Govert Buijs, professor of social and economic renewal, advocates for less education early in life and more room for retraining and career switches later in life.
Buijs: „In the current education system, people have to make a lot of important choices when they start out in life. Which subjects they want to take at high school and, later, what they want to study. Often that’s when they don’t yet know themselves very well. And once you’ve graduated, then you have to get on with it. Right now, there’s not enough support for changing your career later in life. I would prefer to see education running parallel with the course your life takes."
Do you believe that retraining and changing careers has grown in importance?
„We’re now living much longer and society is much more dynamic. In the past, professions and sectors were stable. In agriculture, the farm was often handed down from father to son. You were a carpenter or a builder your whole life long."
„These days, new professions crop up all the time. Take the IT revolution, for example. The internet has only become completely normal in the last 25 years or so. Professions are becoming computerised and made redundant because of digitalisation. Choosing one career for the whole of your life is a thing of the past. We have to structure society to make it easier to retrain during your lifetime. Not only upwards as a promotion in your job, but also sideways to another sector."
„For example, you could have a system of study entitlements, like a set of vouchers that allow you to take courses as you go along. Another obvious way forward would be to have a greater distinction between bachelor and master degrees. You would take a three-year basic degree, then you’d go out and work and then, after a few years, you’d go back and get your master’s. That would introduce practical experience into education, and the academic aspects would be introduced into practice. Personally, I have noticed how incredibly stimulating it is to teach people who have work experience as well as teach alongside them. Everyone stands to benefit."
So you think the ball is in the government’s court and it is not the responsibility of individuals?
„A true-blue libertarian would say: studying is an investment in yourself, so no student loan for you. Get one from the bank. Like the system in the States. I would say: give people a study grant, but then later, when they’re earning proportionately more, have them pay more taxes. In other words, we’re investing in you as a society, so if you benefit excessively from that later, then you should pay much more from what you earn."
Making it easier to retrain or learn additional skills means more prospective job candidates in what is currently a tight employment market. What does investing in personal development mean for employers?
„You can see what happens if the opportunities aren’t available. A lot of people are leaving key sectors, like education or healthcare, because there are not enough opportunities for growth. Working in another sector, where there are opportunities for advancement, becomes more attractive to people who feel they are in a rut. Many people who do make a career switch later in life start their own businesses."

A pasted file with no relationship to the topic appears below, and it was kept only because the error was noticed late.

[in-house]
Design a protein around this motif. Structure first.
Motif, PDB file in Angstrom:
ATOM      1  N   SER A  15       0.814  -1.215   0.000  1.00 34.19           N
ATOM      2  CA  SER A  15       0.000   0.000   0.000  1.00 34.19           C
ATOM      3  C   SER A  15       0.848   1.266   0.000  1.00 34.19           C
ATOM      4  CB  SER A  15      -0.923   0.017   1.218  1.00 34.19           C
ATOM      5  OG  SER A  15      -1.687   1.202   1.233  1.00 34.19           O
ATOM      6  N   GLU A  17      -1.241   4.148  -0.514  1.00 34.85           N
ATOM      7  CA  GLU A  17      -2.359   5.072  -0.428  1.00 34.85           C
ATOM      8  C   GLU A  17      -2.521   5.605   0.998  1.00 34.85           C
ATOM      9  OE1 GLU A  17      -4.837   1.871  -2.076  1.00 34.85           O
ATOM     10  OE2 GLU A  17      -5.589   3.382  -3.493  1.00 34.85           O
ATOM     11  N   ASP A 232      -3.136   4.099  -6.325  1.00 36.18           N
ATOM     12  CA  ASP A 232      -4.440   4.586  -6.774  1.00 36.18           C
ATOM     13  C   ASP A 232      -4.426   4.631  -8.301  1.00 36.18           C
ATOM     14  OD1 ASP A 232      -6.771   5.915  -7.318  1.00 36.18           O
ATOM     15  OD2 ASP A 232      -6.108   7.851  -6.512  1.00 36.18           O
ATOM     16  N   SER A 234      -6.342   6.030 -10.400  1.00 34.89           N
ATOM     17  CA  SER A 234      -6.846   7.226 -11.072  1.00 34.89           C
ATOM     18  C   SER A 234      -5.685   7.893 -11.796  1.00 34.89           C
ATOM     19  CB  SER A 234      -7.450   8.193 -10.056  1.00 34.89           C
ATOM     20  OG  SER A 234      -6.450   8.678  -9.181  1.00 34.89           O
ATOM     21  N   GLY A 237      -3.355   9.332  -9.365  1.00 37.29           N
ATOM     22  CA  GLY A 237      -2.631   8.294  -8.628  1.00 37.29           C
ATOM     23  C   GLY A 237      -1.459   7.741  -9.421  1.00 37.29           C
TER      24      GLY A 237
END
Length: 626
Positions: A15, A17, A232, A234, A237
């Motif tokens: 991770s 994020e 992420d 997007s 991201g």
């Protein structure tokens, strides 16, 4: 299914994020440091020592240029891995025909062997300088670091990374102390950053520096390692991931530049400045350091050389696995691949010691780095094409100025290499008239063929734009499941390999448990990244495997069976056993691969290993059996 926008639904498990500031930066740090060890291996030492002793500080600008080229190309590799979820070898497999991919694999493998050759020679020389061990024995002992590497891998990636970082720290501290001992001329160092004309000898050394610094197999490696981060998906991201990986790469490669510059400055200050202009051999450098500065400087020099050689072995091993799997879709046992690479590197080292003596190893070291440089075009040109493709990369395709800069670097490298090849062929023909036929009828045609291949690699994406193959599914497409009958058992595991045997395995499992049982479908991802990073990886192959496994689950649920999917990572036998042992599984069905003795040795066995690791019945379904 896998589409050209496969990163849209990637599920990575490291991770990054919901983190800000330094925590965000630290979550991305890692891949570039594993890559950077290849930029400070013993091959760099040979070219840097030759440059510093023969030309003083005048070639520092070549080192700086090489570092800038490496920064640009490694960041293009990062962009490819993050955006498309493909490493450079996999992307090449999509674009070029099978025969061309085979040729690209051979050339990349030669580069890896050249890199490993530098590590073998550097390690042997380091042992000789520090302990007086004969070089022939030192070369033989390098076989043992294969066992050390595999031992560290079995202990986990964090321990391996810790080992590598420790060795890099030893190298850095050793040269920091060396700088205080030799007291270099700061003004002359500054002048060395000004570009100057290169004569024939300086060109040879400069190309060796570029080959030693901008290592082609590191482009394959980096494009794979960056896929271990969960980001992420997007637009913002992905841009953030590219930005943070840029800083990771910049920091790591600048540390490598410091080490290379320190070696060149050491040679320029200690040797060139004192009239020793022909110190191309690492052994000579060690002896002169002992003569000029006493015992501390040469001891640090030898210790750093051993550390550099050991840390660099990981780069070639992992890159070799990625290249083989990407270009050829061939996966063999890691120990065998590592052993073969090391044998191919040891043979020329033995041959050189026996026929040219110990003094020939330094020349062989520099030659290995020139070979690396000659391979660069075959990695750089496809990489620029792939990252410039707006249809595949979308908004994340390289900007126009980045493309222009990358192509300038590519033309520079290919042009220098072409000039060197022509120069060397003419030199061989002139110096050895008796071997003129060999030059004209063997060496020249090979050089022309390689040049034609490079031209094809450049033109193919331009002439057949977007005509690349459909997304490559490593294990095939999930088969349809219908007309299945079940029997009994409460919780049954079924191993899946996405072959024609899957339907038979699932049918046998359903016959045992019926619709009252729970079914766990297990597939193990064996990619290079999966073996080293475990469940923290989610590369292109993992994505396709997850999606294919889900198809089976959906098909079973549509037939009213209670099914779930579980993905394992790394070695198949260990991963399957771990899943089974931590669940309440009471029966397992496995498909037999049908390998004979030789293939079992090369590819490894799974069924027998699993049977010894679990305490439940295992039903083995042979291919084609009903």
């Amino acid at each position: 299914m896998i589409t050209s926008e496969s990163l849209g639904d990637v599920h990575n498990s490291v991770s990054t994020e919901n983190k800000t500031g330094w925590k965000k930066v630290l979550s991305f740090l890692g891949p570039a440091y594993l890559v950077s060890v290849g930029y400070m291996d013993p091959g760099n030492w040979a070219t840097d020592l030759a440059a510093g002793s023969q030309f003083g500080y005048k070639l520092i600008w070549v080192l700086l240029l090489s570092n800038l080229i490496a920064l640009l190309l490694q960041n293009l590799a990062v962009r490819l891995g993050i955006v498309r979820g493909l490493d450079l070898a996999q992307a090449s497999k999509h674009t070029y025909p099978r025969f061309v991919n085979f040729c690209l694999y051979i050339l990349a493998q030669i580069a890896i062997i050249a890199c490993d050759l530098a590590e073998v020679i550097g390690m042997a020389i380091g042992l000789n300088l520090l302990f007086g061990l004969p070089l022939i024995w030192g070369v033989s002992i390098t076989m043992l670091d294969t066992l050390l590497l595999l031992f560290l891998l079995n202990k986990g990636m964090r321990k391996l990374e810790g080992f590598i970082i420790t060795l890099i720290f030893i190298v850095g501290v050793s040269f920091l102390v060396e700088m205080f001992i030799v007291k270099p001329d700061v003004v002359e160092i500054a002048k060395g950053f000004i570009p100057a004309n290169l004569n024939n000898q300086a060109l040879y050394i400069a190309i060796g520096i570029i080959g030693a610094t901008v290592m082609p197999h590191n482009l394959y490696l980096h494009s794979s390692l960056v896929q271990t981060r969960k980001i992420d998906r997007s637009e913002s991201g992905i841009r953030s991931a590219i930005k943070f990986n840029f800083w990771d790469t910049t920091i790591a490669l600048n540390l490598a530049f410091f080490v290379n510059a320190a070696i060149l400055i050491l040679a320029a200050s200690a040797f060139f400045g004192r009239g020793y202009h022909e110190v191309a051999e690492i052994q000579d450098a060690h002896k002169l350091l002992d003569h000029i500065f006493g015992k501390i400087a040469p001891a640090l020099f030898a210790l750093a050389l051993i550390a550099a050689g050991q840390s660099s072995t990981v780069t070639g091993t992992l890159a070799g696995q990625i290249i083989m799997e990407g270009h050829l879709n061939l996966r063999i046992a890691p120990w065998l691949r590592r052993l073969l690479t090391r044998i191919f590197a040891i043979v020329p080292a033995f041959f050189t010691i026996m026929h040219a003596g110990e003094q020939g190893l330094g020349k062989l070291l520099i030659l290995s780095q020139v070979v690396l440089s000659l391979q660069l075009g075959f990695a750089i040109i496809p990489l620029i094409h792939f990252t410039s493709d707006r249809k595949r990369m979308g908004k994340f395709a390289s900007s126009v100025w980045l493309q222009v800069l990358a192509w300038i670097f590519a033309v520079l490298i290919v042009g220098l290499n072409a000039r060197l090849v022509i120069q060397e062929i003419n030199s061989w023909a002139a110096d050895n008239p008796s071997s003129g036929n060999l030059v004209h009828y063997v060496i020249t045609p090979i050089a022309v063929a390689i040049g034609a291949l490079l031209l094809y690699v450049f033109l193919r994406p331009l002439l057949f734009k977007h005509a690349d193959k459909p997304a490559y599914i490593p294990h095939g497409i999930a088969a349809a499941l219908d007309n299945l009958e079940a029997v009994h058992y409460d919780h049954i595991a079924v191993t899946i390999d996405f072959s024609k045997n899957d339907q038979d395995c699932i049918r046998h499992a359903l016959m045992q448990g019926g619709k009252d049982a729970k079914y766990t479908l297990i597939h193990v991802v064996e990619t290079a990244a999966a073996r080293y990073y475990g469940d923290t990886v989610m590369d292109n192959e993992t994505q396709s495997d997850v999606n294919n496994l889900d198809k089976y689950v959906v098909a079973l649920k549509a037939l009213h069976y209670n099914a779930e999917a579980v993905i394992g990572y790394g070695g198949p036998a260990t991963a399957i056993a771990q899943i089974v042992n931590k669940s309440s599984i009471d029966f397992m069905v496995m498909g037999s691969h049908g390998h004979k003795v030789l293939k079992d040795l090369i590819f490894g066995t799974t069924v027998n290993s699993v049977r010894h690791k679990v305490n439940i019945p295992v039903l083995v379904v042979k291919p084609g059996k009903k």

„The implications of this growth in sole trader businesses are not good for society and the social security system. If twenty per cent of the population no longer contribute, then that has ramifications for society as a whole. And those who are self-employed often cost more – they demand more for the same amount of work. And the sole traders themselves? They are often very happy because they hold the reins: they are in charge. So as an employer you have to make sure that your staff feel as though they can advance in their careers. This will automatically stem the exit to self-employment."
What does retraining mean for a person’s job satisfaction?
„It gives someone more than just knowledge. People don’t get into ruts, they develop new aspects of themselves and gain greater job satisfaction. A key factor in this is that a study programme can result in a recognised degree. It marks a new milestone."
This year, the government is running a pilot study with so-called ‘STEP budgets’. It is a system of step-by-step grants of 1,000 euros a year for training and development for every Dutch citizen, designed to make access to the jobs market easier. What do you think of this?
„The STEP budget is a small step in the right direction. Apparently, the government has realised that lifelong education is important. But you can’t do much with that amount of money. One of the issues is that tuition fees for a second degree went up hugely several years ago. This really puts people off retraining. That should be done away with as quickly as possible."
Do you invest in your own development?
„Hmm. Not really. That said, I am constantly developing. I am fortunate enough to work in a setting where I am constantly acquiring new knowledge. Even at a university, people risk getting stuck in a specialism, but generally there is a lot of room to try something new. And speaking for myself – as a philosopher – I can get involved in a wide range of subjects. Thanks to that freedom, I do have a lot of pleasure in my work."
Got inspired by the interview with Govert Buijs, or were you already thinking about starting a study or course next year? VU Amsterdam offers numerous programmes, in all kinds of fields. Whether you want to obtain your MBA or attend an art history lecture out of personal interest.